politician, was born in Malta, Illinois, the son of William Jackson and Sarah Cooper. He spent most of his childhood in Chicago. At age nine he began selling newspapers and shining shoes in Chicago's central business district; he left school in the eighth grade to work full-time. By age eighteen Robert had garnered an appointment as a clerk in the post office, a position coveted by African Americans in this era because of its security compared to that of most other occupations open to them. He left the postal service as an assistant superintendent in 1909 to devote himself full-time to his printing and publishing business, the Fraternal Press. In partnership with Beauregard F. Mosely, in 1910 he cofounded the Leland Giants, Chicago's first African American baseball team. In 1912 Jackson won election as a Republican to the state legislature From there he moved to the ...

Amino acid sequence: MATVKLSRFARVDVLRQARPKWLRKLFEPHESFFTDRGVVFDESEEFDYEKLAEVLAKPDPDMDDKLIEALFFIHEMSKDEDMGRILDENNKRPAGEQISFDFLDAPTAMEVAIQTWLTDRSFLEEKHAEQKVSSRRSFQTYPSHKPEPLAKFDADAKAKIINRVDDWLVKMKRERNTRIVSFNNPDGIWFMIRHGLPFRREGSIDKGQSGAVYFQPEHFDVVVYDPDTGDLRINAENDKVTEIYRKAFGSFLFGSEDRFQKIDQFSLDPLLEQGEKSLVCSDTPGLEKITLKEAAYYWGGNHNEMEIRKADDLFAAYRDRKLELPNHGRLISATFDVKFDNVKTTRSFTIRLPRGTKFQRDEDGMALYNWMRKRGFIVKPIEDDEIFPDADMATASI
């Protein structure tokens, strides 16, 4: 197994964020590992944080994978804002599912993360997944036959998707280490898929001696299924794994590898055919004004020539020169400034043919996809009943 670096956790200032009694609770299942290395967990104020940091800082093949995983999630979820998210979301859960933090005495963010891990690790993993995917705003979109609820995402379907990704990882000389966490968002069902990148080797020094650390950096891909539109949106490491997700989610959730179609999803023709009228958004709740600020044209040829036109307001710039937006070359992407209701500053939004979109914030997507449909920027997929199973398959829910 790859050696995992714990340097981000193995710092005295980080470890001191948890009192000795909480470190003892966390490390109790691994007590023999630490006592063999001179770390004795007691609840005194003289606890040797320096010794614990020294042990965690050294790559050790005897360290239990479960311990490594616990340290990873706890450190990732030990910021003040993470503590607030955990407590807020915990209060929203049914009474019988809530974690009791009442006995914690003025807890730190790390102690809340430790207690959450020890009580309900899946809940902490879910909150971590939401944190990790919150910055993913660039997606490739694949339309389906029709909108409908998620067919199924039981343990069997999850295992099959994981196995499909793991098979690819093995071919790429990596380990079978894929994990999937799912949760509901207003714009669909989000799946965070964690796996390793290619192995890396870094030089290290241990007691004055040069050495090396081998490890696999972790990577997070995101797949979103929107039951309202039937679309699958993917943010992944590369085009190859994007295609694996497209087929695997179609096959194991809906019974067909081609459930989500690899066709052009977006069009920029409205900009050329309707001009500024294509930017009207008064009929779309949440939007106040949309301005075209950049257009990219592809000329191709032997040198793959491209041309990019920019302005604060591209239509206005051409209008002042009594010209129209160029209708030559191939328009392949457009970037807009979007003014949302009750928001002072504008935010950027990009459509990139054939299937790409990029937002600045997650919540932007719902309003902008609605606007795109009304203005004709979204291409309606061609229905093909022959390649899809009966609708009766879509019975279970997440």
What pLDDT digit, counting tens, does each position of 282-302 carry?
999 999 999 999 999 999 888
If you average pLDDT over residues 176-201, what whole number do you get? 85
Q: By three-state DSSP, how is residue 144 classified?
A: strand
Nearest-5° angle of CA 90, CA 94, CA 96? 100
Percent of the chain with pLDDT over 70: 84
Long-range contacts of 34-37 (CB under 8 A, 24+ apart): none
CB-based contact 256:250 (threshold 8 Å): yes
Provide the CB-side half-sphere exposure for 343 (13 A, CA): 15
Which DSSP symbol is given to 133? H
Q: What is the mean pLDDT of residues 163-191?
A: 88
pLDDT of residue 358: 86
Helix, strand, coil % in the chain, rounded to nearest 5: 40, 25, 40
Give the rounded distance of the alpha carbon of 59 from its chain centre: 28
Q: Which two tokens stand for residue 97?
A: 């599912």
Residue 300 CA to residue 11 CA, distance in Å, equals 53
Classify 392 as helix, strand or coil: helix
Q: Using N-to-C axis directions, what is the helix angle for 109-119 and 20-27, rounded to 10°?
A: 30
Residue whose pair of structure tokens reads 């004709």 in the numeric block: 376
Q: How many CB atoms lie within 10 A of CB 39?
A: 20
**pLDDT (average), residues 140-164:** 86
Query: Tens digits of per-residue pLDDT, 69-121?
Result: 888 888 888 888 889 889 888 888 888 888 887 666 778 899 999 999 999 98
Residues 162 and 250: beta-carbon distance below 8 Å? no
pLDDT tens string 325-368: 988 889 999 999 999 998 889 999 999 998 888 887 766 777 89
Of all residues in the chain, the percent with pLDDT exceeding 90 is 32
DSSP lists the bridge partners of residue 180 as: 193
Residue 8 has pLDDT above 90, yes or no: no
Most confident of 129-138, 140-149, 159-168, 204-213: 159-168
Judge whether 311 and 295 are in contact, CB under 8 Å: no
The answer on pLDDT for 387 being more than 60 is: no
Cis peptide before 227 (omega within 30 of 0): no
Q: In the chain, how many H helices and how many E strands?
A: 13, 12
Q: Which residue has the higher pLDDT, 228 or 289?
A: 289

James R. Grossman
mortician, publisher, and California state legislator, was born in Harris Station, Ohio, near Chillicothe, the son of Andrew Jackson Roberts and Ellen Wayles Hemmings Roberts. His mother was a granddaughter of Sally Hemmings and U.S. president Thomas Jefferson; Sally Hemmings's father, who was also the father of Jefferson's wife Martha, was named Wayles.
Roberts's sister Myrtle Estelle was born in 1886 in Ohio, but by the time his brother William was born in 1889, the family had moved to Los Angeles, California. In 1894 they lived at 606 East Fifth Street. His father was cofounder and owner, and sometimes driver, of the Los Angeles Van, Truck, and Storage Company. In 1910 they lived at 1331 Wall Street where their neighbors were a mix of skilled blue collar workers a teacher a police officer and an elevator boy all classified by the census ...